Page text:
• suns68

    I’m glad that Gentry is thinking about Hedo at center. I think that Lopez could be more effective as a defender and rebounder at the four spot against most teams.
    When you look at it, some of the times the Suns have gone deepest in the playoffs have been with undersize centers with skills you usually don’t see at the position — Adams and Diaw (Hey look, I can pass), Chambers and Frye (Come out here and guard me, Fatso).

  • Mike Meez

    I think Gentry is talking about Hedo as a 5 when Lopez is in foul trouble or when Suns want to play small ball. If Lopez is in the game he’s going to be the center and he’s going to have to match up with opposing centers from several teams for the Suns to win (namely against the Lakers). Hedo and Frye are both options as backups…not ideal but they’re the next tallest so it’s by default.

  • suns68

    Hi Mike,

    I like Hedo and I think he's a good addition.

    Problem is, most of the studs in the western conference are at power forward.

    I'm not sure Hedo can guard them effectively. I'm not entirely sure Lopez can either, but he seems to have a better chance because of his size and length.

    Most of the western conference centers are pretty slow. If they have to chase Hedo (or Fry) out on the 3-point line, that opens things up in the middle for Nash, JRich and Hill to do damage. I would advocate Lopez at 5 when the opponent has a big center who can actually score.

    As for the Lakers, well, about our only chance is to try to outrun and outshoot them anyway, so it probably doesn't really matter that much who's the four and who's the five. Except on the defensive side of things where I'd definitely have Lopez on Gasol.

  • Eric Perlman

    Hedo is one heck of a player, even if you only take into account his ill-fated year at Toronto. I live in Central Florida and got to watch him with the Magic for two years. If Hedo plays for the Suns the way he played for the Magic, watch out, because in 2009 Hedo was the Magic’s primary ball handler the second half of the season, particularly in the playoffs.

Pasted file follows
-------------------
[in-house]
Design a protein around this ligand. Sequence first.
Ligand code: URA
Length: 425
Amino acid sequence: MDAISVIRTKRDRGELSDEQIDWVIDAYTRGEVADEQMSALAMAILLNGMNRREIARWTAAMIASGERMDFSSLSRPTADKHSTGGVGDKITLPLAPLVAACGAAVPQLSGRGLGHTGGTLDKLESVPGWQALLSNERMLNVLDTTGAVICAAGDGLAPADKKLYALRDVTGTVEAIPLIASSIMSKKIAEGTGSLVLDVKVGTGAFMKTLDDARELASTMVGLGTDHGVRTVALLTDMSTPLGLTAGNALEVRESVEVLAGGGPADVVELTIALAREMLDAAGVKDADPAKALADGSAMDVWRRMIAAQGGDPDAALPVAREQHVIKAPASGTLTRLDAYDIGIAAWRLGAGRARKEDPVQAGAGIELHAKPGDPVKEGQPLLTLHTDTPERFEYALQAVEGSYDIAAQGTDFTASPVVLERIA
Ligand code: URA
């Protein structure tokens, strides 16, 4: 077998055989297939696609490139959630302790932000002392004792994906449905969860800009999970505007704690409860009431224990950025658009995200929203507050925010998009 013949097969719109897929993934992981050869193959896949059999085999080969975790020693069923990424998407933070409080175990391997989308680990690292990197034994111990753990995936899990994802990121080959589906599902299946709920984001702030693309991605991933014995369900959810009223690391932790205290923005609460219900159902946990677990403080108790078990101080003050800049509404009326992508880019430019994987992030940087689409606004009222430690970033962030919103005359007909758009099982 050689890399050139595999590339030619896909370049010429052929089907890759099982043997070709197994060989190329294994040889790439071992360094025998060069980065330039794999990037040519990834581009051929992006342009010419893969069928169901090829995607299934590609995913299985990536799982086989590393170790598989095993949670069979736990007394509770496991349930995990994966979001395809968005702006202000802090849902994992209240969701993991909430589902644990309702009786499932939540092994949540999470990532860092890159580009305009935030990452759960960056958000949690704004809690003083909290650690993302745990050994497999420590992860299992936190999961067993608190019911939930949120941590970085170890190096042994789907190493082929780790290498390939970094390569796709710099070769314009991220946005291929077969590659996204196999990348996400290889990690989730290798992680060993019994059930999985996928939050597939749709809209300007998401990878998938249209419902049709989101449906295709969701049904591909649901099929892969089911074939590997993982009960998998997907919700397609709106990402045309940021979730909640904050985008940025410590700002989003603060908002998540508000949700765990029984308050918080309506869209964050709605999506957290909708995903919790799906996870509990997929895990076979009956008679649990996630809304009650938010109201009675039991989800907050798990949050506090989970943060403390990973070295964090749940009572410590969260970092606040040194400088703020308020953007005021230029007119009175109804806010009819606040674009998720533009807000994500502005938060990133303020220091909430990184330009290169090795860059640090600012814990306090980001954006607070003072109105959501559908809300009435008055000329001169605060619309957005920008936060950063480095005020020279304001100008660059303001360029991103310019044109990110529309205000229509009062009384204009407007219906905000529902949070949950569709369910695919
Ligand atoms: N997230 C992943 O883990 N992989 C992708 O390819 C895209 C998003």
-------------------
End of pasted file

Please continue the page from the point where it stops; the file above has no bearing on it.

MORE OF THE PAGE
• Mel.

    I’d agree with the Lopez comment, suns. He did alright as a body against Gasol during the WCF, save for some overzealously physical play that practically spoon-fed Pau’s floppy paint technique.

    Robin needs to let his head catch up with his body (And his hair), and he’ll be a heck of an asset.

  • Jim C.

    Why does the evidence presented in this article instill confidence in the ability of Tukoglu to excel in different roles or help ease the ball handling responsibilities from Nash? This article explains that Hedo doesn’t play on the block or in the high post, and is much more efficient as a spot up shooter than in isolation or the pick and roll. The Suns already have Nash and Dragic to share ball handling responsibilities, so if either of those two are on the court, I would rather have them creating offense than Hedo. What this article actually explains, if one reads the statistics specifically provided, is that Hedo will be best as a catch and shoot player when Nash is penetrating. I think the Suns have plenty of spot up shooters; plenty of small forwards too. Now if they just had a player that could rebound marginally, demand even a small amount of attention from opposing defenses, have the ability to get to the free throw line every once in a while, and finish inside…..

  • WoodrowHowe

    Turkoglu is a safety option as a ball handler to turn the pg into an attacker, which would have been a deadly combination if Barbosa was still there. Turkoglu draws the attention of the opponent’s top defender, so an ace like Bowen does not rotate onto Nash. I see two weaknesses that the Suns may have to figure out as the season goes on. One is finding a backup forward that is active and can give the opponent different looks, possibly Oberto, Joe Smith, or Amundson (as a last, but safe option). The Sun’s defensive strategy is built on quick feet, active hands, and balanced floor spacing, not hulking bodies. The second is the team’s ability to score in the paint. Opposing teams would most likely focus their defense on Richardson who was the second slasher behind Stoudemire. It would seem that Warrick will have to fill in as the primary or secondary slasher.